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Front Immunol. 2020 Mar 3;11:302. doi: 10.3389/fimmu.2020.00302. eCollection 2020.

Gender Disparity Impacts on Thymus Aging and LHRH Receptor Antagonist-Induced Thymic Reconstitution Following Chemotherapeutic Damage.

Author information

1
Thymus Development, Ageing and T Cell Regeneration Laboratory, Department of Anatomy and Developmental Biology, Biomedicine Discovery Institute, Monash University Clayton, Melbourne, VIC, Australia.
2
Quinn Laboratory, Translational Immunology and Nanotechnology Research Program, School of Health and Biomedical Research, RMIT University, Melbourne, VIC, Australia.

Abstract

One of the main consequences of thymus aging is the decrease in naïve T cell output. This condition accelerates at the onset of puberty, and presents as a major clinical complication for cancer patients who require cytoablative therapy. Specifically, the extensive use of chemotherapeutics, such as cyclophosphamide, in such treatments damage thymic structure and eliminate the existing naïve T cell repertoire. The resulting immunodeficiency can lead to increased incidence of opportunistic infections, tumor growth relapse and/or autoimmune diseases, particularly in older patients. Thus, strategies aimed at rejuvenating the aged thymus following chemotherapeutic damage are required. Previous studies have revealed that sex hormone deprivation in male mice is capable of regenerating the thymic microenvironment following chemotherapy treatment, however, further investigation is crucial to identify gender-based differences, and the molecular mechanisms involved during thymus regeneration. Through phenotypic analyzes, we identified gender-specific alterations in thymocytes and thymic epithelial cell (TEC) subsets from the onset of puberty. By middle-age, females presented with a higher number of thymocytes in comparison to males, yet a decrease in their Aire+ medullary TEC/thymocyte ratio was observed. This reduction could be associated with an increased risk of autoimmune disease in middle-aged women. Given the concurrent increase in female Aire+ cTEC/thymocyte ratio, we proposed that there may be an impediment in Aire+ mTEChi differentiation, and Aire+ cTEChi as its upstream precursor. The regenerative effects of LHRH receptor antagonist, degarelix, on TEC subsets was also less pronounced in middle-aged females compared to males, possibly due to slower progression of thymic involution in the former, which presented with greater TEChi proportions. Furthermore, following cyclophosphamide treatment, degarelix enhanced thymocyte and mature TEC subset recovery, with faster recovery kinetics observed in females. These events were found to involve both reactivation and proliferation of thymic epithelial progenitor cells. Taken together, the findings from this study portray a relationship between gender disparity and thymus aging, and highlight the potential benefits of LHRH receptor antagonist treatment for thymic regeneration. Further research is required, however, to determine how gender may impact on the mechanisms underpinning these events.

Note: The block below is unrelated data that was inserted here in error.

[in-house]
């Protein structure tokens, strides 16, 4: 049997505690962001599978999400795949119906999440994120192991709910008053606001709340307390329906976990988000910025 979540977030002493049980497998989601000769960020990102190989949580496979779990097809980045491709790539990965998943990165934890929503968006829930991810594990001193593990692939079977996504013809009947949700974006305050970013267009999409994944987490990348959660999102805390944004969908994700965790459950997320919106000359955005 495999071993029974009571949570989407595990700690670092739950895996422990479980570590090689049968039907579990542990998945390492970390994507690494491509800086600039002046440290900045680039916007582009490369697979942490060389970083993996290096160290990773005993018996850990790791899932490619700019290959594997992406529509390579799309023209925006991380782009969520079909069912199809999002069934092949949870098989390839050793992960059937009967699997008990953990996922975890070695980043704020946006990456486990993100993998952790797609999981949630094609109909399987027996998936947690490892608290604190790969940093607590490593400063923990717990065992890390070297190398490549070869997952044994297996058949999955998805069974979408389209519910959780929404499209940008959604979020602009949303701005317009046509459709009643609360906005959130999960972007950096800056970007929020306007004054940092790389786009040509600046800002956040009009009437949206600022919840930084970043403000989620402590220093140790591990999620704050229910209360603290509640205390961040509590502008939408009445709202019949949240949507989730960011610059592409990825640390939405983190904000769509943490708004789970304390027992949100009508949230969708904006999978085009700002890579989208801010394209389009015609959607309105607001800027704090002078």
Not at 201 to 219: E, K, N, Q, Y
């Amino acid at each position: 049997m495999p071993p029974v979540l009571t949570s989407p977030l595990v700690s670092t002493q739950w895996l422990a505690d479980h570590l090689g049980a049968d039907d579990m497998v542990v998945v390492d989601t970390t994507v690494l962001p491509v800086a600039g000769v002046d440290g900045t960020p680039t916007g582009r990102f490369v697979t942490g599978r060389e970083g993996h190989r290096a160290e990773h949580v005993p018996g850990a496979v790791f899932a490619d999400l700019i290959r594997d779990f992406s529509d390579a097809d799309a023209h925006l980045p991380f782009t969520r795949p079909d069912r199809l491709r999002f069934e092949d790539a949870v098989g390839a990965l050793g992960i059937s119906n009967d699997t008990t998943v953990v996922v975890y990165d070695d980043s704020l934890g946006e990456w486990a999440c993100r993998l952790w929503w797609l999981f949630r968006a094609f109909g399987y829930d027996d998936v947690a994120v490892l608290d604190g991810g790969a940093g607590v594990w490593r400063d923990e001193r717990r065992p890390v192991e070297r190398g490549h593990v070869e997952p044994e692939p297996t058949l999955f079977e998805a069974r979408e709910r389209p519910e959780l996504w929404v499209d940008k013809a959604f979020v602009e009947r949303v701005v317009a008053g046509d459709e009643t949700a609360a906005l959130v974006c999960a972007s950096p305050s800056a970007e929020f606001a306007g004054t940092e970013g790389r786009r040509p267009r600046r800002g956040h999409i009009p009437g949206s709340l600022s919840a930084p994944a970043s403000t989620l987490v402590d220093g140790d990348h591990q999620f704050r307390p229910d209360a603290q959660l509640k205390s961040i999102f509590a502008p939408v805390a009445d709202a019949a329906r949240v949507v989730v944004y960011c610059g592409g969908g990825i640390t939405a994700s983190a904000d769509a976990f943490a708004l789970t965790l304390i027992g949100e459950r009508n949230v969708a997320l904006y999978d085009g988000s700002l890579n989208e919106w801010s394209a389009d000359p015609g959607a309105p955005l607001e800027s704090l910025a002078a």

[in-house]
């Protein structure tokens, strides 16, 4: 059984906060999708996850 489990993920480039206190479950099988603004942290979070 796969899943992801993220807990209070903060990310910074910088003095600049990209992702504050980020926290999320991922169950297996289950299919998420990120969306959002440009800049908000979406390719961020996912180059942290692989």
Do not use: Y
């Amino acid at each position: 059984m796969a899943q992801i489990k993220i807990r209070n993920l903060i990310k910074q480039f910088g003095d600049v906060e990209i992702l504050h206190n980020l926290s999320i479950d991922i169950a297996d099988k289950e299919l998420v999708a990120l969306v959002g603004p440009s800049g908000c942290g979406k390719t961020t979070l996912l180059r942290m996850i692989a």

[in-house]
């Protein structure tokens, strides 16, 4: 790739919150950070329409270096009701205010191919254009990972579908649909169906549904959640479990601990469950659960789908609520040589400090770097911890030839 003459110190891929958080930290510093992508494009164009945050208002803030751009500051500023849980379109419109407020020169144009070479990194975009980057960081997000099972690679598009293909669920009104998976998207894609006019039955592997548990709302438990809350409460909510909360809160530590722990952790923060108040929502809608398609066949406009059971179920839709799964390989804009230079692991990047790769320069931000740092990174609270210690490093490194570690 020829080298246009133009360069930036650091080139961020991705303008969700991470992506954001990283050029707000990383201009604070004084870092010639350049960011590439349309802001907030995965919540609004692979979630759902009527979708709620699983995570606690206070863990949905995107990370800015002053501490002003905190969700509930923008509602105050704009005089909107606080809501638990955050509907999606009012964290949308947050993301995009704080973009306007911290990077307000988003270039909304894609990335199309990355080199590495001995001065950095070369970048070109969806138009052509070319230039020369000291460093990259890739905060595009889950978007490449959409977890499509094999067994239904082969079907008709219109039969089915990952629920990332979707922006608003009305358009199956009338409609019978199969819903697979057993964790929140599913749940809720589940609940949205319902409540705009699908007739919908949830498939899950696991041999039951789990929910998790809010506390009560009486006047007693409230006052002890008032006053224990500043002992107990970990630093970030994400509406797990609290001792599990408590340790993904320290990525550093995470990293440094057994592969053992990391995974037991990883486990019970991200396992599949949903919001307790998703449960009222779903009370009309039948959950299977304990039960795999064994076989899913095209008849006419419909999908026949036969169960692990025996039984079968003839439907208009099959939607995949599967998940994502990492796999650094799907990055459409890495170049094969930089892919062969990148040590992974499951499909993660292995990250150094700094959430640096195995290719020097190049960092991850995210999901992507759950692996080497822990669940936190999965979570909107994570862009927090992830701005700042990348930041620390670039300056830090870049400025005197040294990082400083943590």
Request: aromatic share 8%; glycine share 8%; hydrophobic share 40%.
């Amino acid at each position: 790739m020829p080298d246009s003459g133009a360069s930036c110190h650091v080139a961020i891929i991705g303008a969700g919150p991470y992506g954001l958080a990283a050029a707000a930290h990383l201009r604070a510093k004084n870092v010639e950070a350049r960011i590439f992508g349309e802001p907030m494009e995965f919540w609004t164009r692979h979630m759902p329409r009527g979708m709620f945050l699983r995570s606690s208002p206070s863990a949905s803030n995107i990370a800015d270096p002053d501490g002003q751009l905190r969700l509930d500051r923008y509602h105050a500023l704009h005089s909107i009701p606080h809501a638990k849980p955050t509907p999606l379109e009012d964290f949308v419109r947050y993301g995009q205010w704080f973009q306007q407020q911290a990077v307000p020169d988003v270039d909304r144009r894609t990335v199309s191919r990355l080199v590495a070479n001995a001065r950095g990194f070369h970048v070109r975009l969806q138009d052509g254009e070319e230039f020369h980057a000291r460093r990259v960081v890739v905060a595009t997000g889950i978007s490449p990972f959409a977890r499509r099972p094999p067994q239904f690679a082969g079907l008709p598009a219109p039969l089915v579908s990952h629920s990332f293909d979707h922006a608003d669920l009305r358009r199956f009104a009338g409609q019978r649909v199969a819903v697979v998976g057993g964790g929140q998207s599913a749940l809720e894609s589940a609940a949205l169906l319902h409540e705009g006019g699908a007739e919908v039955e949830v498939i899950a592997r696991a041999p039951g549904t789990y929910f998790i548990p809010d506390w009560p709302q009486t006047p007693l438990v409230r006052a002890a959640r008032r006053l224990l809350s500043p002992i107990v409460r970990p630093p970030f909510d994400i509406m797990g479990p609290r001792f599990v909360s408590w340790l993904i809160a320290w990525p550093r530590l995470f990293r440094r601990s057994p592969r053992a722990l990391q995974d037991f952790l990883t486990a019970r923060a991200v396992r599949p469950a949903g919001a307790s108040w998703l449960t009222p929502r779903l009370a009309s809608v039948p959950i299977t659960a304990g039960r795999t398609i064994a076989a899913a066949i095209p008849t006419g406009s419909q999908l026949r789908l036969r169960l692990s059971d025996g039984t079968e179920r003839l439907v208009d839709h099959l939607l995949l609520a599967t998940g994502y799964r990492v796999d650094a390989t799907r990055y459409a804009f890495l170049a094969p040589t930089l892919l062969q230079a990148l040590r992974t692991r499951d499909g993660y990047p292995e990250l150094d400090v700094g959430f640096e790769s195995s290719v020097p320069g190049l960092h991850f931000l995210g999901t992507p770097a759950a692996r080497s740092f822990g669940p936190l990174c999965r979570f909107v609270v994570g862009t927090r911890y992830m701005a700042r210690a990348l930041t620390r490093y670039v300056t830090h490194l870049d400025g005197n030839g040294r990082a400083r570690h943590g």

KEYWORDS:

aging; chemotherapy; gender; luteinizing hormone-releasing hormone; regeneration; sex hormone deprivation; thymic epithelial cell; thymus

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